I have to tell you again about what great health care I get from Kaiser Permanente Northern Cal. Drhealth (Yeah, I know, they screwed up on the transplant service).  But, they are doing a lot of the things we, the wonks, have been hollering about for years.  Read this.

Sunday night I noticed new “floaters” in the right visual field of my right eye.  They were different from the run of the mill floaters – those little dark circles — most of us have.  These were like long lines and they only moved on the right side of the visual field.  The next day, I started having sparkling lights, again in the right visual field.  Now, even an emergency physician knows this could indicate a retinal detachment (serious indeed).  So mid-afternoon, when I had convinced myself it would be stupid to miss my own diagnosis, I called KP.  The woman on the phone in the opthalmology department clearly had been trained.  When I talked about the sparkles, she put me on hold and got a nurse. 

The nurse tried her best to get me in the same day.  She had an appointment available, but being rush hour, there was no way I could make it. She carefully went over the symptoms of retinal detachment and compared them to what I was experiencing.  Together we decided it was OK to wait until the next am for an appointment.  She carefully explained that if certain symptoms occurred (e.g., a sensation of a curtain coming down over the eye), that I needed to go to the emergency department right away as that could indicate a retinal detachment.

The next day (today) I showed up at the opthalmology department.  The receipt I was given for my $15 co-pay listed the dates I had had all of my age/gender specific  preventive services and the dates the next ones were due.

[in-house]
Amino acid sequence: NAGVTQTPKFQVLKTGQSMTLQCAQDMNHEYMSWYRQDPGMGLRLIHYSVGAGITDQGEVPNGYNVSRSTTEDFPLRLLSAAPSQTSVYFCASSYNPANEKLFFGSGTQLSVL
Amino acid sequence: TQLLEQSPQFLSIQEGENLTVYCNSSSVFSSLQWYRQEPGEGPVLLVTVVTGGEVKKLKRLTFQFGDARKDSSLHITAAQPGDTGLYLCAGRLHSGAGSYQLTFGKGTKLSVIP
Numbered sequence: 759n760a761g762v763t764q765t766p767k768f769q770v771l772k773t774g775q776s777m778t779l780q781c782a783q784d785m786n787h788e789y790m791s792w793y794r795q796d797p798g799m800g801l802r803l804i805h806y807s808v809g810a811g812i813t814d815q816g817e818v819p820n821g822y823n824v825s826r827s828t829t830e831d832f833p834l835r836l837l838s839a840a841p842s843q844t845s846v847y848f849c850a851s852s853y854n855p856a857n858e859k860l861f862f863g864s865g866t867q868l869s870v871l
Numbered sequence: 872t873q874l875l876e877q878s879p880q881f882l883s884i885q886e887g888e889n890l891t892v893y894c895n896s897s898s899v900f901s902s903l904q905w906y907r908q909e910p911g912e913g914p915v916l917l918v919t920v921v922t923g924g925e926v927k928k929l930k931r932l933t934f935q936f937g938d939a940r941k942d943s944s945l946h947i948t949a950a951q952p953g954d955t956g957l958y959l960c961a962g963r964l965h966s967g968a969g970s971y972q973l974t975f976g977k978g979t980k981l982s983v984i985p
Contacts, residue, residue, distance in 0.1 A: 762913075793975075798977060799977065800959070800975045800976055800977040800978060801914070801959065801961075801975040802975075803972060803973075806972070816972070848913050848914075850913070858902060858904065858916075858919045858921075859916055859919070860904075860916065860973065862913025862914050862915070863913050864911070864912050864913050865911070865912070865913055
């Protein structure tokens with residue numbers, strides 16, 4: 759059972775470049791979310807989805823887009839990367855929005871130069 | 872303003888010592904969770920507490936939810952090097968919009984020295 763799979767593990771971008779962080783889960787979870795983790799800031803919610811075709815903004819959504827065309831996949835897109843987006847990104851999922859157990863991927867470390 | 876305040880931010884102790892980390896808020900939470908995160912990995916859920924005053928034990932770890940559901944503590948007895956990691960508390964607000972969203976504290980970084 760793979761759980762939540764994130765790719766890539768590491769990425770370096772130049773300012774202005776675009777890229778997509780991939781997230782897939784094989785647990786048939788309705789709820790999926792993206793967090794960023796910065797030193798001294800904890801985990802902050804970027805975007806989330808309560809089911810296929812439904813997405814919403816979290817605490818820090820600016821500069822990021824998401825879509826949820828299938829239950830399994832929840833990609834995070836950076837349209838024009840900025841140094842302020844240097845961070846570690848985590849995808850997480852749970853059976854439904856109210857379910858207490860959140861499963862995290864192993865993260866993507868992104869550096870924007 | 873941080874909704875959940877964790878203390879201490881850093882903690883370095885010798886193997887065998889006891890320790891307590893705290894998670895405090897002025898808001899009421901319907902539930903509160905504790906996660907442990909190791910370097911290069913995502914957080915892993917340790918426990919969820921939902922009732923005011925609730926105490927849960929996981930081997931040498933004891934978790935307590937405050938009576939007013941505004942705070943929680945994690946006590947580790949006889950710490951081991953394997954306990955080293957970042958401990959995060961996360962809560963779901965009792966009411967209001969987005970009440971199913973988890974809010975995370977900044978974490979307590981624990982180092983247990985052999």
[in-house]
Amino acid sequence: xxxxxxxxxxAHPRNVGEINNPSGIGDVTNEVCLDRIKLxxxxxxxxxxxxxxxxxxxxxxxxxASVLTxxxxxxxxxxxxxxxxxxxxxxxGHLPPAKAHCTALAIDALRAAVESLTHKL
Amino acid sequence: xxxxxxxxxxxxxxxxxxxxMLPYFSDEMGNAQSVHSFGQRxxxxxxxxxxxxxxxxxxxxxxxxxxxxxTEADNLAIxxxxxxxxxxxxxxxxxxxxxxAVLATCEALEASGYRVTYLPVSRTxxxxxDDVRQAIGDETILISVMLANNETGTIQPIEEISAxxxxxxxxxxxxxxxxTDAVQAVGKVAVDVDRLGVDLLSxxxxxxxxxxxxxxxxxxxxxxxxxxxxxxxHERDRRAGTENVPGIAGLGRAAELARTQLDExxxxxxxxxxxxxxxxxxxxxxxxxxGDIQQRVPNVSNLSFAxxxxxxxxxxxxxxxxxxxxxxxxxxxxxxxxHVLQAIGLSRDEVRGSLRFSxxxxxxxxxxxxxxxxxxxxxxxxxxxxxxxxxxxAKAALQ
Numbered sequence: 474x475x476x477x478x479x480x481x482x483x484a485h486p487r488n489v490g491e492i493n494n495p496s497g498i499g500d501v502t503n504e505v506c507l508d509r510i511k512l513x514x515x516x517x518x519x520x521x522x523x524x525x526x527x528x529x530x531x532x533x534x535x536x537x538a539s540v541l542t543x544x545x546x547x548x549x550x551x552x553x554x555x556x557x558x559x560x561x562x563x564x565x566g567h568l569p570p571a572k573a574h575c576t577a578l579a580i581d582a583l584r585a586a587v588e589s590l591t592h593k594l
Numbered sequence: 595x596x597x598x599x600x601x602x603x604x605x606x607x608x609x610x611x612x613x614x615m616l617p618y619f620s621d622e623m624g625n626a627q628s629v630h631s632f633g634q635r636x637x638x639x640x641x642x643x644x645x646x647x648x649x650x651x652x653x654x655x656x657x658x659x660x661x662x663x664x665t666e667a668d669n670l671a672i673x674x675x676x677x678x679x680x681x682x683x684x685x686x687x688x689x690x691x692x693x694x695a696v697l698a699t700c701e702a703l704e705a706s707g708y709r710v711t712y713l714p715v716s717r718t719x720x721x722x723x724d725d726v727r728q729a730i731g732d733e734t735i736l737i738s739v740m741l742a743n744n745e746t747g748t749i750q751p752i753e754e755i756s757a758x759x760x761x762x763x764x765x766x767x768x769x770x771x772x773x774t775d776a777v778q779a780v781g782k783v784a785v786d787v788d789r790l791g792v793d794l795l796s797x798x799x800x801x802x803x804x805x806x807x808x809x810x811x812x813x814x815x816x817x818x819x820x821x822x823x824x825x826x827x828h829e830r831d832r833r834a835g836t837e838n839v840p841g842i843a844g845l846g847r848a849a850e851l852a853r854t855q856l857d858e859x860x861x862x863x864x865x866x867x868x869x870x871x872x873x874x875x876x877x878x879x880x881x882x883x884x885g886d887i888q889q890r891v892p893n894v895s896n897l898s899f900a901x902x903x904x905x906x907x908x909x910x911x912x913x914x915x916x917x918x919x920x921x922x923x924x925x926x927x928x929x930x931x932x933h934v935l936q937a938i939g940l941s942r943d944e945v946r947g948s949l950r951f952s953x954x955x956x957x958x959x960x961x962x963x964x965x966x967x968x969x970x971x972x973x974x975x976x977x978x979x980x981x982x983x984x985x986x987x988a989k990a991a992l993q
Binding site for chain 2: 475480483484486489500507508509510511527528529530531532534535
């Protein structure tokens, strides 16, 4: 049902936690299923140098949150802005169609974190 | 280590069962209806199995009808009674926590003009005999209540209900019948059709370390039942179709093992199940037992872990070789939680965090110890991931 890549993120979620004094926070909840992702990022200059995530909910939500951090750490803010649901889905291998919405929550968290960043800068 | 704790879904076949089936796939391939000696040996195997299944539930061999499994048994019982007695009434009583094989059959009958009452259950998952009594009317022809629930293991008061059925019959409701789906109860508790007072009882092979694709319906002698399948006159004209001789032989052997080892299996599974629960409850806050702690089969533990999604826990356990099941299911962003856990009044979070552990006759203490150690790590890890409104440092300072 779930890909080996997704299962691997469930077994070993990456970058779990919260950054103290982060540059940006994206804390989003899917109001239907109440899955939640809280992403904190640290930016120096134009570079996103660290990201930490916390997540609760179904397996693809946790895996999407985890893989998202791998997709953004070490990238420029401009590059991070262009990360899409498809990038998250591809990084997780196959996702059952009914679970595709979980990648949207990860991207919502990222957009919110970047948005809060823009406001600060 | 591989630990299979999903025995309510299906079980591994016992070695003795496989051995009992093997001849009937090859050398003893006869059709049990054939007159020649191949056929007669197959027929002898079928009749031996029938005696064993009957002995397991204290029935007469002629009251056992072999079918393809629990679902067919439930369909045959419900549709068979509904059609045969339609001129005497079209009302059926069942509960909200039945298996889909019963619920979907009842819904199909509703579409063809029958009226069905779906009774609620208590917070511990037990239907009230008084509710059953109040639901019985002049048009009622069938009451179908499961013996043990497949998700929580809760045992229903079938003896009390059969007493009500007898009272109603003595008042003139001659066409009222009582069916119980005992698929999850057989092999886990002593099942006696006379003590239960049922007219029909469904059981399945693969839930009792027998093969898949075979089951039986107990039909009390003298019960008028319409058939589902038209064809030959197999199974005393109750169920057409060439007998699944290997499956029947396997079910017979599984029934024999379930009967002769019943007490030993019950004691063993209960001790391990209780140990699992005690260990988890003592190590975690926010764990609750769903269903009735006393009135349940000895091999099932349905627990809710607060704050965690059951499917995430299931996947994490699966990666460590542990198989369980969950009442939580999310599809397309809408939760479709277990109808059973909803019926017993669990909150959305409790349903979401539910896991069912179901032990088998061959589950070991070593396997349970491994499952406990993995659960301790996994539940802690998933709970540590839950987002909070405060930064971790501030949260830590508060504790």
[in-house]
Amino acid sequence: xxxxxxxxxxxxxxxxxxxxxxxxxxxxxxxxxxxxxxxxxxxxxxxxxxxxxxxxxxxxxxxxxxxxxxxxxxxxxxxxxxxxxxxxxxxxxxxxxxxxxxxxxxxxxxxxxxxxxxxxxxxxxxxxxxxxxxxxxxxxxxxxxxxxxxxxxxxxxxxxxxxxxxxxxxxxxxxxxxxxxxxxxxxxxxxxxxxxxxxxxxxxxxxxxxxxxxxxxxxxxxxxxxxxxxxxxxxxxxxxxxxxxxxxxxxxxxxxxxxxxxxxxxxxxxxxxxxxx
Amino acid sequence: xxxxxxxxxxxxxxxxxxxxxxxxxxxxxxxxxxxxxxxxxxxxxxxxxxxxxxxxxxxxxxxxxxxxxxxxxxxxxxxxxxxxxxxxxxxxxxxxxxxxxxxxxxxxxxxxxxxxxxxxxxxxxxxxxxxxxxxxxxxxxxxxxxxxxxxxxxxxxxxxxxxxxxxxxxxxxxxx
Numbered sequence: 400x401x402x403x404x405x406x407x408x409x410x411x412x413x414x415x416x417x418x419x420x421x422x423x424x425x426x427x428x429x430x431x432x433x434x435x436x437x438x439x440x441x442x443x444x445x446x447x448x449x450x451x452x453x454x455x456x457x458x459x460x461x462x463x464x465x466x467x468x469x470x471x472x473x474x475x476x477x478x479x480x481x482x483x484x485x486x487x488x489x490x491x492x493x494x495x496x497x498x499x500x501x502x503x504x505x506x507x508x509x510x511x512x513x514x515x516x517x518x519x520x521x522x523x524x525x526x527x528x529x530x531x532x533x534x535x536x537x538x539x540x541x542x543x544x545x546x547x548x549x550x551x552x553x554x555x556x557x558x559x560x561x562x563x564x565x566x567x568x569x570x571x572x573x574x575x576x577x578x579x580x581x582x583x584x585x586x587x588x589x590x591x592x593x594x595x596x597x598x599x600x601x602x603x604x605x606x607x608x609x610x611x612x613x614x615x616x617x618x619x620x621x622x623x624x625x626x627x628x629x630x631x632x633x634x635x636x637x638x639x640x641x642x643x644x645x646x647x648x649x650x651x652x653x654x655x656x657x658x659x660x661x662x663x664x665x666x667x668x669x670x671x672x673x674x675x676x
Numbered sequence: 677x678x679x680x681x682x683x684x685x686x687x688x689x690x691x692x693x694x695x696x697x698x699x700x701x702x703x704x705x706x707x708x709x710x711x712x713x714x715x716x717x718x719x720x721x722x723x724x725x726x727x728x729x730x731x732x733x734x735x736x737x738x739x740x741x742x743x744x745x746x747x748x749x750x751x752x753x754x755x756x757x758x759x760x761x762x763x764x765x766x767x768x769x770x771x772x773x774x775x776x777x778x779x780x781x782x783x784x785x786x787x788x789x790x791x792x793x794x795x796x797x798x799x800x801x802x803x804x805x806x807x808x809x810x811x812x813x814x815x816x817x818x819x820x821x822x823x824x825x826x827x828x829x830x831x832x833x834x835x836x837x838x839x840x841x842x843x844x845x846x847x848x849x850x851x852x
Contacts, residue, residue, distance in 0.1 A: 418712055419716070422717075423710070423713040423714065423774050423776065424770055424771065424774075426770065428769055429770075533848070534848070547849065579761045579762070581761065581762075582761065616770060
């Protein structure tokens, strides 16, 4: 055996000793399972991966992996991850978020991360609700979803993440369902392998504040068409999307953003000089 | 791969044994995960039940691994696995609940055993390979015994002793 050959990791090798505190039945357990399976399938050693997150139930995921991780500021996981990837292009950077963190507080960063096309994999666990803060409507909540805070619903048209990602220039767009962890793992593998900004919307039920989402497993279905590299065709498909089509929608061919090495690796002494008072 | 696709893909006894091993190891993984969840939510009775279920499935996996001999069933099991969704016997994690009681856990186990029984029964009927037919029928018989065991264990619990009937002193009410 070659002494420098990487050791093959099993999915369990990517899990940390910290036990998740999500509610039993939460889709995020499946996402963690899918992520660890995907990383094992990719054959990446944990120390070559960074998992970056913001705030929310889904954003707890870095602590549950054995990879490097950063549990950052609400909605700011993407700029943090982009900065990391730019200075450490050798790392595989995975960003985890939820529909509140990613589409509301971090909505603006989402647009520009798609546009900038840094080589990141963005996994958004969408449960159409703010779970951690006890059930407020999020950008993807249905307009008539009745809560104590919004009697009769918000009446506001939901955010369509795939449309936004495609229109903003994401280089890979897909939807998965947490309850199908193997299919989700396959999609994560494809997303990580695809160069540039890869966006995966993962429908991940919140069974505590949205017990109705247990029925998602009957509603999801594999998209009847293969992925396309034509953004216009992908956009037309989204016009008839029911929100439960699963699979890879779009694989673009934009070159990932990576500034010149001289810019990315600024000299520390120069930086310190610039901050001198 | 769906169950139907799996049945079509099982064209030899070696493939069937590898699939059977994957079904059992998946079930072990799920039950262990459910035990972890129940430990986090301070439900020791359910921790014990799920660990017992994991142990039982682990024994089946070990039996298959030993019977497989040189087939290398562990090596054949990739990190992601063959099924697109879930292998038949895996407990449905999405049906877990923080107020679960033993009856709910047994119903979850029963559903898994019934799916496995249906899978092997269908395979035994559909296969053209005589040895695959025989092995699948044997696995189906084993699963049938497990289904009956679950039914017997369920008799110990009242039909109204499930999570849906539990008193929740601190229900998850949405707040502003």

There was no wait to see the doctor.  I was put in an eye exam room and saw a nurse right away.  She explained everything she was going to do.  She anesthetized my corneas,  she tested my vision (with glasses and with pinholes), she used the slit lamp to look at the corneal surface, and then she put in drops to dilate my eyes.

After about 15 minutes (waiting for the eyes to dilate), Dr. Prusiner, chief of the department came in to see me (he is the brother of Stan Prusiner, the Nobel Prize winner who discovered prions).  He did a very thorough exam of both retinas using a variety of techniques.  He explained that I had a vitreous detachment (annoying, but otherwise, no big deal).  He showed me a color picture of an eye with a vitreous detachment.  He answered all of my questions.  He did  not seem rushed (because the nurse had done a lot of the early work for him).

We were finished, he gave me a  4 x 6 piece of paper with his name, his photo and the URL of his home page.  Here’s the link  so you can see how nice it is.  This is, I think, the new KP Connect.  It also showed all of the stuff (by major categories) that he had on his home page.  He wrote down the diagnosis “vitreous detachment” on the paper and drew an arrow from it to name of the link where I would find the information he had chosen for his patients to read about this condition. He urged me to read it.  I went on the site, found the condition, and, lo and behold, everything he told me was what was on the site.

He then told me, in detail, what symptoms would require me to call or go to the ER right away.  But he assured me that the symptoms represented complications highly unlikely to occur.

By the way, he said as I was leaving.  Be sure to make an appointment with the optometrist.  I think we can improve the correction of your left eye.

I challenge you to find one single thing you would want that I didn’t get.  This is the way health care should be.